Identity and Language Learning Across Time and Space, Bonny Norton, University of British Columbia
This session by Bonny Norton was something many attendees were looking forward to, and she didn’t disappoint. Her talk focused on research Bonny and some colleagues are doing in Uganda. Their research examines how technology can change the identities of the learners and teachers in an EFL setting. The guiding assumption of the research is that identities change over time and space, for both learners and teachers. Our identities are shaped by what is possible in the future. A critical definition of identity assumes multiple identities across time and space within one person, which deviates from the traditional definition of identity that assumes more polarized attributes (introvert/extrovert, good/bad, etc).
A guiding question during this session was:
What is the learner’s investment in the language and literacy practice of the classroom or community?
If investment is constructed socially, both the learner and the teacher are responsible for learning and language is a social practice. With the more rigid, traditional view of identity, the teacher is responsible to impart knowledge onto the learners. This view of identity seems to mesh well with a technologically-driven society where learning is not confined to the classroom. While Uganda differs from the United States and other more developed nations with regard to the types of technology and resources that are available, the ideals associated with social constructivism still seem to be present. Even with limited resources, students are invested in the digital.
Bonny showed a picture of a keyboard that a student had fashioned out of clay. While not functional in the way that we typically think of keyboards as being functional, the clay keyboard acted as a transition into actual digital tools. The imagined communities of the student that created the clay keyboard, those communities in which the student hopes to belong in the future, include digital tools. If we are to help learners reach their potential by acknowledging their multiple identities and their desires for the future, we need to give them the language associated with their imagined communities.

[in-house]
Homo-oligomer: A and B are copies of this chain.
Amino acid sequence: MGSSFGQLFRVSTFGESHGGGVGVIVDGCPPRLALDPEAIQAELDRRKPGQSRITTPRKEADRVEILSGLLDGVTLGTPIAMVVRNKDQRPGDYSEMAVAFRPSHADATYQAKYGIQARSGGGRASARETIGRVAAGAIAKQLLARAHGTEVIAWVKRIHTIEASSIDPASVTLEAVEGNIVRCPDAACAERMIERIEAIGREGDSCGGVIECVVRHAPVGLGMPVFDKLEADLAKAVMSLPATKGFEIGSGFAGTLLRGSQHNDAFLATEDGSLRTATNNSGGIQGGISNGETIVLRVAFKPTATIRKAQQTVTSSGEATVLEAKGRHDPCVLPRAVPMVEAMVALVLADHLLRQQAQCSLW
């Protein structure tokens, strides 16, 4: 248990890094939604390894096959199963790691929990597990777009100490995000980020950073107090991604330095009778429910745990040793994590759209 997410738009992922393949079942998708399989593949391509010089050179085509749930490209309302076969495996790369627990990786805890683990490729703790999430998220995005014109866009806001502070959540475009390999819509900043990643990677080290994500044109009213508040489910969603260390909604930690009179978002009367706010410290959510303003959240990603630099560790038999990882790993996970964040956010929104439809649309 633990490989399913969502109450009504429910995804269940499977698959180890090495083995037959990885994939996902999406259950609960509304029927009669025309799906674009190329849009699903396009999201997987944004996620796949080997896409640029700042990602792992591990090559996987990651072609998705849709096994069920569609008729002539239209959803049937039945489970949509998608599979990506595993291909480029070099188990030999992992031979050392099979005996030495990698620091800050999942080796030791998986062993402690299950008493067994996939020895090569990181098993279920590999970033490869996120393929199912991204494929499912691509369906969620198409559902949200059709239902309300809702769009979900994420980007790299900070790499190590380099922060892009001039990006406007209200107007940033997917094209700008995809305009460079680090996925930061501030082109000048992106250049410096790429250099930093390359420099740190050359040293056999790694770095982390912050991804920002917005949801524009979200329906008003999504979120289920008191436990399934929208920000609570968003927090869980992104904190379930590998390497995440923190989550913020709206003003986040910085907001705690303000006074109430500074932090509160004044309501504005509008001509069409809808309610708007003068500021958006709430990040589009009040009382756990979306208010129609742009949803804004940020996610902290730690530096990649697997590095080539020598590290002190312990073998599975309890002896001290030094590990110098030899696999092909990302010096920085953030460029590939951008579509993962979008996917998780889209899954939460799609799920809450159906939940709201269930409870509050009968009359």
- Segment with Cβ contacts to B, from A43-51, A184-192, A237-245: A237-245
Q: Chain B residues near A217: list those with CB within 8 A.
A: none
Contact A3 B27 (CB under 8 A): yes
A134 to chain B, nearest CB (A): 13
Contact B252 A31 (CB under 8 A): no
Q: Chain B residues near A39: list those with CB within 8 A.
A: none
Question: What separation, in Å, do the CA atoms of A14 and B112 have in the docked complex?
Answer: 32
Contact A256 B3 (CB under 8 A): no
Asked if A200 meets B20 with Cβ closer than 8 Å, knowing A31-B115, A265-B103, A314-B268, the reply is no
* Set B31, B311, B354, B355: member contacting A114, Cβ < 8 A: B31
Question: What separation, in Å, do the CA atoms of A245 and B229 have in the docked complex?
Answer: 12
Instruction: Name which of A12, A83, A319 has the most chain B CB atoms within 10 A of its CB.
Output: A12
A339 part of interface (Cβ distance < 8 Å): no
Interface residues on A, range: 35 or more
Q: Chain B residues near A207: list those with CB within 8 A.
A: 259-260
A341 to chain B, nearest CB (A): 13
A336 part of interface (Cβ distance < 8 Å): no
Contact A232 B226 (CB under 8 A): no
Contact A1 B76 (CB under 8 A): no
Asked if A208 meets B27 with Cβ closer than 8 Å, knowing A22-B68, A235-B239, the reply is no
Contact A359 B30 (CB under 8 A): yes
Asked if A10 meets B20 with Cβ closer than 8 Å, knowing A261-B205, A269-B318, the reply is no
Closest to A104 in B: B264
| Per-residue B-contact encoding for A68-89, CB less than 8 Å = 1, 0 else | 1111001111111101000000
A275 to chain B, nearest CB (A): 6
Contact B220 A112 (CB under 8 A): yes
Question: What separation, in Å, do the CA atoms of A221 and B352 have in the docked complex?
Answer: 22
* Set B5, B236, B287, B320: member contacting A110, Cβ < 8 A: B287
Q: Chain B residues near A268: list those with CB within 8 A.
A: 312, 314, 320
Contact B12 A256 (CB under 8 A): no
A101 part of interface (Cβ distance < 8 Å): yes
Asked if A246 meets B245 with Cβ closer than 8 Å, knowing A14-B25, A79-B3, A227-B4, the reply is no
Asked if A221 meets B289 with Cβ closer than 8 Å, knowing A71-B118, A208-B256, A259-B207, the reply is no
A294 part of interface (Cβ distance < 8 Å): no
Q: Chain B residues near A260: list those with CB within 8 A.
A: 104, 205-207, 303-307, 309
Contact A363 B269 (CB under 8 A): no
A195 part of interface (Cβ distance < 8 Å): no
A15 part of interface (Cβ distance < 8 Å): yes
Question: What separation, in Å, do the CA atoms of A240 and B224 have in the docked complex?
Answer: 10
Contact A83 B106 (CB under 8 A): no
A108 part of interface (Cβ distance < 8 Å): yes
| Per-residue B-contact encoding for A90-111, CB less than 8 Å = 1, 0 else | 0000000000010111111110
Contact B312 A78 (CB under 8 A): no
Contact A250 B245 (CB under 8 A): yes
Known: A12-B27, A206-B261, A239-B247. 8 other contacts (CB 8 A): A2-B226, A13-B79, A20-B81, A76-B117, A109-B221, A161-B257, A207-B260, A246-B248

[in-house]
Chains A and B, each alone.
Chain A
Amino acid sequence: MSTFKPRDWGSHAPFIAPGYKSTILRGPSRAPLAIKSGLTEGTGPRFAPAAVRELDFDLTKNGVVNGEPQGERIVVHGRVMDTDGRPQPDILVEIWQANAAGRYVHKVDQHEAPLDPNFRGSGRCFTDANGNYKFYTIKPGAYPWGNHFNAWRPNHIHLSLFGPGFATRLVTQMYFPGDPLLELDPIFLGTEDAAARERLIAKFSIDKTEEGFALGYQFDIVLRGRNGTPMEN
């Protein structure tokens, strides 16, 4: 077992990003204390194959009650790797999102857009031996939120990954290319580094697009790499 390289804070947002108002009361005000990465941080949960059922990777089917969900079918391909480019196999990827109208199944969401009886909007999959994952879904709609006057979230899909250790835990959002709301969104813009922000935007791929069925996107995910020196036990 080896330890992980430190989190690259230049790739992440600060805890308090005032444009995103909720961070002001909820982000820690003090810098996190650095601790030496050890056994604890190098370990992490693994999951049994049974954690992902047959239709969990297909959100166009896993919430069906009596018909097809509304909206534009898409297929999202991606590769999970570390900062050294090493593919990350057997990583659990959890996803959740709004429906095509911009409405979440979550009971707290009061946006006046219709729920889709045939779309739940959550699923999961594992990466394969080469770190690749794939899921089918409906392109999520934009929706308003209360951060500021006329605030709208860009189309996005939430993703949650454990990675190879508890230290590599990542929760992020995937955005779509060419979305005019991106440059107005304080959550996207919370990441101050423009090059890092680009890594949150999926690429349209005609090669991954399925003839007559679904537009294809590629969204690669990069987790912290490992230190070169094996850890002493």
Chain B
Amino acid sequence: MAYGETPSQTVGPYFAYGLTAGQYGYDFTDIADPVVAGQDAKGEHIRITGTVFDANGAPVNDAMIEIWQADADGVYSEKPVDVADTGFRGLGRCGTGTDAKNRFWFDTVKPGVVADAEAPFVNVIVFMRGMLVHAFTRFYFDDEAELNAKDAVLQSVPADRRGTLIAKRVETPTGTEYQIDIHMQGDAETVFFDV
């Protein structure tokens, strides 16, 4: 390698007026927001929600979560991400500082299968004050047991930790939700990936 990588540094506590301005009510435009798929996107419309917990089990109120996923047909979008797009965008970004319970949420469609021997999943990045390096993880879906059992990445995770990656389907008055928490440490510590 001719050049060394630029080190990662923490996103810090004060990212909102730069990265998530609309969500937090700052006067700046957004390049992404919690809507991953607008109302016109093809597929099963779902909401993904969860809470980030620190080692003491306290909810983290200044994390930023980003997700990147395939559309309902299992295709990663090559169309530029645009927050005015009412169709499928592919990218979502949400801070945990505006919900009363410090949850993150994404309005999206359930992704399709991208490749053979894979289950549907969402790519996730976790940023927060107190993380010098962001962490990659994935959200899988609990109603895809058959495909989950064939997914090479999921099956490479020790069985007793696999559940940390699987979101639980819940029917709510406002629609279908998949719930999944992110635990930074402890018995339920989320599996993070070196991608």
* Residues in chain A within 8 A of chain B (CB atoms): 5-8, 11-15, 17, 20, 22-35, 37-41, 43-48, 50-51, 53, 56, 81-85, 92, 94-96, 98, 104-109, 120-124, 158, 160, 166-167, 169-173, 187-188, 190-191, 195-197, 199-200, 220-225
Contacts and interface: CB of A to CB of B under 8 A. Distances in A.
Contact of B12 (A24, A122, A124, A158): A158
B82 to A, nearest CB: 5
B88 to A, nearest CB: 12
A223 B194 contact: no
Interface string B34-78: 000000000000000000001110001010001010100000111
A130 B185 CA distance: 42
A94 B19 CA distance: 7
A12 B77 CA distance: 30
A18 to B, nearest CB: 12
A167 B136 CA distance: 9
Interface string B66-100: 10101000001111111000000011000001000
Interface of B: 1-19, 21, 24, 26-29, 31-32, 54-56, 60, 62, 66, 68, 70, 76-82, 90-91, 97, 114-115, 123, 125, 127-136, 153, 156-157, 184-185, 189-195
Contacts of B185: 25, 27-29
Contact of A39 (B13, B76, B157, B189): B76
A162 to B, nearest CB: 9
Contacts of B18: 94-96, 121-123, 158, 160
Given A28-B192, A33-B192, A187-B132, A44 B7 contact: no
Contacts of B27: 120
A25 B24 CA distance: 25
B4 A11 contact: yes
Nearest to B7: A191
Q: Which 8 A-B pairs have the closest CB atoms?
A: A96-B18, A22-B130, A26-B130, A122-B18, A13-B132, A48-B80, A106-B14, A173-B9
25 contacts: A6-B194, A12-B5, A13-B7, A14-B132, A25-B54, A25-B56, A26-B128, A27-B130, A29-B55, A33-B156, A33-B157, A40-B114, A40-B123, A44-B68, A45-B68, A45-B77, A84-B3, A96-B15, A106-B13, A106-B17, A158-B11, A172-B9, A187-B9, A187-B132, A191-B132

- Technology, however basic, can make the familiar strange and the strange familiar.
- “When you communicate, you think your own English.” (as opposed to rote memorization)
- Learners’ relationships to each other and within their communities change through the use of technology.
- World Englishes allow learners to be unashamed to speak (even if it isn’t “The Queen’s English”).
Some questions to consider:
- How have the technological changes influenced literacy and language?
- How do you democratize knowledge flows with limited resources?
How Interactive, Practical, and Fair are Teacher-Made Assessments?, Stuart Landers, Missouri State University & John Thorpe, WestEd
This session was a review of the theoretical issues guiding teachers as they create language assessments for their learners. Having just come out of my required assessment course with Andrew Cohen, the theoretical portion of the presentation was interesting, but redundant. For teachers who hadn’t just gone through a semester-long course on assessment, it was probably a nice refresher. The practical aspects of assessment presented included a brief examination of example test items.
The characteristics of test usefulness that teachers should keep in mind while designing assessments for their learners include:
- practicality–is the assessment worth the time, effort, and money it takes to administer and score?
- reliability–is the assessment consistent and dependable? (both among students and raters)
- validity–is the assessment measuring what you want it to measure?
- authenticity–is the assessment asking learners to complete tasks with language that would actually be used?
What Teachers Learn from Professional Development: Two National Perspectives
This session was about an ongoing research project that looks at the available professional development opportunities for public school English teachers in Chile and Turkey. The researchers examined what opportunities were available, what was the teacher uptake resulting from professional development attended, and how did uptake influence practice in the classroom and student outcomes. The session focused on the second question of teacher uptake from PD opportunities attended.
The study was implemented on a scale that I can only imagine: 1,101 respondents and 3,345 PD events in Chile and 2,960 respondents and 8,945 PD events in Turkey. The data was collected between 2008 and 2011 via online questionnaires distributed by the ministries of education in each country.
While the presentation was interesting and it gave some insight into what it means to take on a research project of this magnitude, I think the main take-aways from their findings were:
- The number of years of experience a teacher had did not influence how valuable the teachers perceived PD to be. Teachers of all experience levels found value in almost all PD experiences.
- “What I think I can use drives what I think I learned.”
- The job of PD events is to create environments in which teachers can take away practical information. This information is reflected through the teachers and does not directly reflect the topics of PD events.
I think the findings of this study highlight what it means to be a teacher: every day consists of adaptation and practical application of theoretical and planned activities. Just as there is a difference between what a teacher plans to teach and what students learn, there is a difference between what PD events seek to teach educators and what teachers bring back to their classrooms.